Sunday, May 19, 2024
Sunday May 19, 2024
Sunday May 19, 2024

‘Dark Matter’ review: Handsome but shallow sci-fi series misses depth despite star cast



Joel Edgerton and Jennifer Connelly star in Blake Crouch’s adaptation, exploring alternate universes and existential questions

Apple TV+’s “Dark Matter,” adapted from Blake Crouch’s novel, embarks on an ambitious journey of existential exploration but ultimately delivers a handsome yet shallow sci-fi series. Joel Edgerton plays Jason Dessen, a physics professor whose life changes drastically after a mysterious abduction plunges him into alternate realities. Jennifer Connelly portrays his wife, Daniela, with earnest depth, but even the duo’s performances can’t salvage a show that’s visually impressive yet narratively unremarkable.

The series opens in Chicago, with Dessen juggling life as a community college professor and dedicated family man. He harbours underlying dissatisfaction with his stalled career, yearning for greater accomplishments. However, this latent discontent quickly fades when he’s kidnapped, injected with a serum, and shoved into a black cube called “the box.” He wakes up in an alternate reality where he’s a renowned scientist and wealthy tech entrepreneur—but lacks his wife and son. Despite the allure of success, Dessen immediately rejects this reality and embarks on a mission to reclaim his family.

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Crouch’s adaptation attempts to weave high-concept sci-fi with the emotional dilemmas of a man forced to reconsider his life choices. It poses the “what if” questions we all ponder: How different would life be if we pursued a different career, partner, or lifestyle? However, the show’s pace is relentless, providing few revelations as it delves into alternate universes and attempts to connect with the audience on deeper existential themes.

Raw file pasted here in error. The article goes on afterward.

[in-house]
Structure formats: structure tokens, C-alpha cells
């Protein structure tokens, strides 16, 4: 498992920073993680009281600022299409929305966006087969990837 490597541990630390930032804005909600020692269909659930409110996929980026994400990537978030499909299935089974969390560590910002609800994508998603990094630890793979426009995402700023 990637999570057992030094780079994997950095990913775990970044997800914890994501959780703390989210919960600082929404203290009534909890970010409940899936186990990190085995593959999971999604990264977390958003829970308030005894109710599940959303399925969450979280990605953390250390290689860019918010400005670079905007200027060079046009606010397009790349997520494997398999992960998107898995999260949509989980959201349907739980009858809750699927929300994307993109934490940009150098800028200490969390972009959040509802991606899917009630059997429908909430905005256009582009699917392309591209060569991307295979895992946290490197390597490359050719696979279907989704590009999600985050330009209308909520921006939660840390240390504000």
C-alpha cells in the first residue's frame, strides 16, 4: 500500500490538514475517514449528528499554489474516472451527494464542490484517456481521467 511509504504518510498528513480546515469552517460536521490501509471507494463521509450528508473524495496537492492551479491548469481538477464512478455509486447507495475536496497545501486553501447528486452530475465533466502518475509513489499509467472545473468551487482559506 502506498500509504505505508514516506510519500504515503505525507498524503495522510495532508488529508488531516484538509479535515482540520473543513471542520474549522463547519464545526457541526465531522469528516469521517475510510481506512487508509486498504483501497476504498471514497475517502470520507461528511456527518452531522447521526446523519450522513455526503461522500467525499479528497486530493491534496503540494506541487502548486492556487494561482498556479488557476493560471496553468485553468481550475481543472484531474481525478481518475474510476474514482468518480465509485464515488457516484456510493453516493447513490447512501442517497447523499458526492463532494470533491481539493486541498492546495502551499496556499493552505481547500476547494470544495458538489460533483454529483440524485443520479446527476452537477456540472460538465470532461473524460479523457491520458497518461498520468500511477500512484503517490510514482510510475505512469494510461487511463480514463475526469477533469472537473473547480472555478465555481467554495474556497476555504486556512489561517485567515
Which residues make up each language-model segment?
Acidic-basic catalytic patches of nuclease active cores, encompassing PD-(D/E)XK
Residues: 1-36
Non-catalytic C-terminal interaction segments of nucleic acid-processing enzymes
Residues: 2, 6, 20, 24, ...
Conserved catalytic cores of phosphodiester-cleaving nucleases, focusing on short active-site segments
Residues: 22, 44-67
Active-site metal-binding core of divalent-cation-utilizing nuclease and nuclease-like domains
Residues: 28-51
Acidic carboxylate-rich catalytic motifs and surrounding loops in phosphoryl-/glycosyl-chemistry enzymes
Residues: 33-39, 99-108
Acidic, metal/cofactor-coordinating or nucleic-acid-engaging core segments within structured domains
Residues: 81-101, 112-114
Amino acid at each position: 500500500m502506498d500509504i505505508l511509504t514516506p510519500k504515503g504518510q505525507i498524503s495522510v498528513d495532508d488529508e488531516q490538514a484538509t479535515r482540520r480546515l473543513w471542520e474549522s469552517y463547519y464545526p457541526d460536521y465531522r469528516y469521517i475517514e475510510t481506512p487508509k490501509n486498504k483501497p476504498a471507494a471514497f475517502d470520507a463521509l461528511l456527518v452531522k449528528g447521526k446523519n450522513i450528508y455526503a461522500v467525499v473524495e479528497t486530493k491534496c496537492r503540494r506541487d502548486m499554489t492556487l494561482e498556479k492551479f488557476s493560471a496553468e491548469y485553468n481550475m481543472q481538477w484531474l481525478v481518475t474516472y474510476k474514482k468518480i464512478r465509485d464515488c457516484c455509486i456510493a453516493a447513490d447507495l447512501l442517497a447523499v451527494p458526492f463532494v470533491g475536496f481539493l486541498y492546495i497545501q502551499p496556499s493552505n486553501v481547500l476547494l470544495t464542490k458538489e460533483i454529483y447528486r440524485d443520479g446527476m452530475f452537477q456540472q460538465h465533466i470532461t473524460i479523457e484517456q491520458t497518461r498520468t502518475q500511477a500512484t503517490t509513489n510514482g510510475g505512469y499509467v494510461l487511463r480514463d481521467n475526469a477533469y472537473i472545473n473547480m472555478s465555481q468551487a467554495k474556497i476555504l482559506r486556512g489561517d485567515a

Edgerton shoulders the series with a solemn performance that reflects the desperation of a man grappling with lost opportunities. Connelly’s Daniela adds warmth and longing to the narrative, but she isn’t given the space to explore her character in a compelling way. Instead, “Dark Matter” relies heavily on visual effects to depict alternate realities that often overshadow meaningful storytelling.

While “Dark Matter” provides a scenic Chicago backdrop and poignant romantic undertones, the series falters in its attempt to offer incisive character revelations. Crouch’s script lacks the depth and exploration needed to transform intriguing ideas into lasting insights. Ultimately, it presents a gloomy narrative that can’t sustain the audience’s interest despite its thematic potential.


The mixed reception to “Dark Matter” speaks to the challenges of balancing intricate, multi-universe storytelling with relatable characters and emotional resonance. While the concept of alternate realities intrigues viewers, this series struggles to build connections that resonate beyond its broad questions about identity and fulfilment.

From a sociological perspective, “Dark Matter” touches on the universal dilemma of defining oneself through choices in career, relationships, and purpose. However, its shallow character development fails to explore the nuances of these challenges, reducing them to a simple “grass is greener” narrative that feels incomplete.

The series also touches on gender dynamics by portraying Daniela as a talented artist who must grapple with her husband’s existential crisis. However, Connelly’s character remains largely sidelined, missing an opportunity to provide a counter-narrative that enriches the story.

Economically, the show’s high production quality reflects Apple’s continued investment in premium streaming content. Despite its narrative shortcomings, “Dark Matter” demonstrates that visual storytelling remains a strong draw for audiences seeking high-concept sci-fi.

Politically, the show aligns with societal anxieties surrounding the rapid pace of technological change and its impact on individuals’ identities. The storyline about a scientist who sacrifices personal fulfilment for career success reflects concerns over work-life balance and the pressure to constantly achieve.

Ultimately, “Dark Matter” falters in connecting with viewers on a deeper level due to its overreliance on visual spectacle and insufficient exploration of its characters’ motivations. Without more meaningful insights into its high-concept themes, the series may struggle to resonate with a wider audience


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